Number of adoptions plummet 'due to IVF treatment success'

Rate of fertility treatment success has nearly tripled since 1978, while adoptions fell by two-thirds

May Bulman
Social Affairs Correspondent
Saturday 03 November 2018 12:59 GMT
In 40 years, the success rate of fertility treatment has almost tripled, rising from 7 to 29 per cent for under-35s
In 40 years, the success rate of fertility treatment has almost tripled, rising from 7 to 29 per cent for under-35s (Getty Images)

Increased IVF use among couples unable to have children has led to a drop in adoption rates, a prominent child advocate has said.

Since fertility treatment began 40 years ago, its success rate has almost tripled, rising from 7 to 29 per cent for under-35s, while adoptions in England and Wales have fallen by almost two-thirds (62 per cent).

Meanwhile, the number of children in care has reached a record high, with 90 young people entering the care system each day in the 12 months to March 2017 – marking the biggest annual surge of children in care in seven years.

But despite a total of 72,670 children entering the care system during that year, less than 5,000 children were adopted in 2017, compared with 12,121 in 1978.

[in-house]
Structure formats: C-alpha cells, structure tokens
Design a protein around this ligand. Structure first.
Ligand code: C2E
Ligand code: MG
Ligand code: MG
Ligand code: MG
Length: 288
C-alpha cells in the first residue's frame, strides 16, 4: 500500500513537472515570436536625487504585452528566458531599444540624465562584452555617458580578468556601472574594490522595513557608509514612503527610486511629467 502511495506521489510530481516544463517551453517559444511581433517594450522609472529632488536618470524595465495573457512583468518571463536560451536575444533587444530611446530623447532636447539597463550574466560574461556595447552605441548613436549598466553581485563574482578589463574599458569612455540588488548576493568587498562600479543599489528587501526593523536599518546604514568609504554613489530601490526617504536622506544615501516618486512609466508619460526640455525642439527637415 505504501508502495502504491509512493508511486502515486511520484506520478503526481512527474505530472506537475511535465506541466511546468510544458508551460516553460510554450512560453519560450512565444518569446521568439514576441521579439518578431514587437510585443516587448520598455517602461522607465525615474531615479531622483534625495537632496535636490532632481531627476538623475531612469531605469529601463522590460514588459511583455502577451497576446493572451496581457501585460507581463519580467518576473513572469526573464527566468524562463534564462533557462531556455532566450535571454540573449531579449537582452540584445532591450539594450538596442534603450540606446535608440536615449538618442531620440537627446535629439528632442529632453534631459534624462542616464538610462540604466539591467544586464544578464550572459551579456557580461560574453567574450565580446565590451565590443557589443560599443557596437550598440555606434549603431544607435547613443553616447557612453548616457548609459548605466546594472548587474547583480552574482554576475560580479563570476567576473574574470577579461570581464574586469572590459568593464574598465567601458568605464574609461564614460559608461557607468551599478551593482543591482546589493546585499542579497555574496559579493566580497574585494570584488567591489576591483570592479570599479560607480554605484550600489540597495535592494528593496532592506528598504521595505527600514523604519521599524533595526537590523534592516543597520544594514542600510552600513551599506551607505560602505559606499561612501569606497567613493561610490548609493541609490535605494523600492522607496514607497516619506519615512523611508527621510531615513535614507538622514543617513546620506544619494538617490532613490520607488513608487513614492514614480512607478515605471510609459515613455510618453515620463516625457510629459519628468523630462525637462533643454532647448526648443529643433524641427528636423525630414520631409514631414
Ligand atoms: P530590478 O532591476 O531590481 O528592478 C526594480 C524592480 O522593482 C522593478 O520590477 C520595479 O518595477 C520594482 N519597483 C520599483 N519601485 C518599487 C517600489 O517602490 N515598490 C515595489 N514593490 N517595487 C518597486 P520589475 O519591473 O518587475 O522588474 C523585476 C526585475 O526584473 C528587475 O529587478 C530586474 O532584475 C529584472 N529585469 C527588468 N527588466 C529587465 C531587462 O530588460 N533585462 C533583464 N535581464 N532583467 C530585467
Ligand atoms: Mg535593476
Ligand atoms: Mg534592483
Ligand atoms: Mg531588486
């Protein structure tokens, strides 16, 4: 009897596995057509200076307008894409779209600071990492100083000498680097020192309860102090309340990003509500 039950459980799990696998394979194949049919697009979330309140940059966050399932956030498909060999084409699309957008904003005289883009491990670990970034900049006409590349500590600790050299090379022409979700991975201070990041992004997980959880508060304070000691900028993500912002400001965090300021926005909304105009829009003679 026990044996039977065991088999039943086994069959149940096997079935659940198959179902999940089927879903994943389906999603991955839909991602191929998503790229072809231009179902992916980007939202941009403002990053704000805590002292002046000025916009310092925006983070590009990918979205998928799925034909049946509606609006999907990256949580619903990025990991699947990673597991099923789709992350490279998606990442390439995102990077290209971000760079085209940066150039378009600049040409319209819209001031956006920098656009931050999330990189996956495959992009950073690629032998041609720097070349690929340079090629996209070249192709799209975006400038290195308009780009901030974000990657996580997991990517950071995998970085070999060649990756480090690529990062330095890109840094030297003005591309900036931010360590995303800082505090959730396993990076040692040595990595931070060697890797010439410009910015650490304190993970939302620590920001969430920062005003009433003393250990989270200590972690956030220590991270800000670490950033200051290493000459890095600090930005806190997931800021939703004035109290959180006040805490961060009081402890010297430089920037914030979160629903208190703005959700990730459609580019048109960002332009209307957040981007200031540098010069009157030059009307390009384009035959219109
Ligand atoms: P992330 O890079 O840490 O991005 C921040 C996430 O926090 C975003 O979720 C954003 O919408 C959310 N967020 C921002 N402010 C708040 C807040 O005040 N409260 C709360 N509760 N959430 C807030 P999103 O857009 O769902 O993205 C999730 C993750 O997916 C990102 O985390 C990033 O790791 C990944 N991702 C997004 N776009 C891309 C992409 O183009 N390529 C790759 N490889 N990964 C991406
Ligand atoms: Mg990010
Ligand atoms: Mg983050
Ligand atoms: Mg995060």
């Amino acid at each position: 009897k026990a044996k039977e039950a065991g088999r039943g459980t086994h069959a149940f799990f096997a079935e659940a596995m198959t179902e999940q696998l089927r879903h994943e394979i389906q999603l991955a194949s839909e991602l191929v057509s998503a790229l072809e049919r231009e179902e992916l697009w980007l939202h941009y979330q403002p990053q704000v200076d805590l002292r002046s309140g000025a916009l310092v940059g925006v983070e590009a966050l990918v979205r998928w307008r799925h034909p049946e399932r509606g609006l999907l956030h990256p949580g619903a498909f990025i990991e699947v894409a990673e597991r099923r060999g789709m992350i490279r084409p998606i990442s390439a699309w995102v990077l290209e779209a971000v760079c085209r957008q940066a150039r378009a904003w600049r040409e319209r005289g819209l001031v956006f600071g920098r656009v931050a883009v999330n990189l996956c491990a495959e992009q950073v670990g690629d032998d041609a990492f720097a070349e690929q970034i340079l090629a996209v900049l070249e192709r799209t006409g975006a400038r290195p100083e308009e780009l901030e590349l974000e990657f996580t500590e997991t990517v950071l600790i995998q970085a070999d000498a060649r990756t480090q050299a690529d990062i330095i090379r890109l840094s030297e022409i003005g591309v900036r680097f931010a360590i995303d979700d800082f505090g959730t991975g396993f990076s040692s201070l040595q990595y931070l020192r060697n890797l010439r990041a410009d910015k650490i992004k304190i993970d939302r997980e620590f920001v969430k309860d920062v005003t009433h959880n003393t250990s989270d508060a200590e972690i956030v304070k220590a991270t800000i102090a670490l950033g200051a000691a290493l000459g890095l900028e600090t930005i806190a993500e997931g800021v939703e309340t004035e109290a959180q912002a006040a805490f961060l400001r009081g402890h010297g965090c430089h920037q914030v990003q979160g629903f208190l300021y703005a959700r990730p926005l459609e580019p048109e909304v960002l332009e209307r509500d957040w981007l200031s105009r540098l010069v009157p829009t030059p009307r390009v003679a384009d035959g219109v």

Anthony Douglas, head of the Children and Family Court Advisory and Support Service, told The Daily Telegraph adoption was competing with “lots of other ways of having children”.

He said this was also in part due to the length of time it takes to become an approved adopter in England and Wales – a process he said was “far too slow”.

“Every child deserves a family to live and grow up in but adoption still takes twice as long as it should, which puts people off,” Mr Douglas said.

The fall in adoptions also follows warnings that adoptive parents are being “overwhelmed“ by a lack of support from social services to deal with pressures, with recent research suggesting more than a quarter of such families are in “crisis”.

Figures show that children in care are waiting longer to be placed with adoptive families, with a 30-day increase in waiting time in just the past six months.

Youngsters waiting to be adopted currently outnumber approved adopters by three to one.

This does not only pose a risk to the long-term outcomes for children, but new analysis by charity Coram also shows the cost to local authorities. Failing to find adoptive families for just 30 children a year costs £1m for each extra year they remain in care, their findings show.

Earlier this month, the National Adoption Service put out a call for prospective parents in Wales to come forward to help, following an “unanticipated increase” in children looking for homes.

IVF – or in vitro fertilisation – is a process in which an egg is removed from a woman’s ovaries and fertilised with sperm in a laboratory, before the fertilised egg is returned to the woman’s womb to develop.

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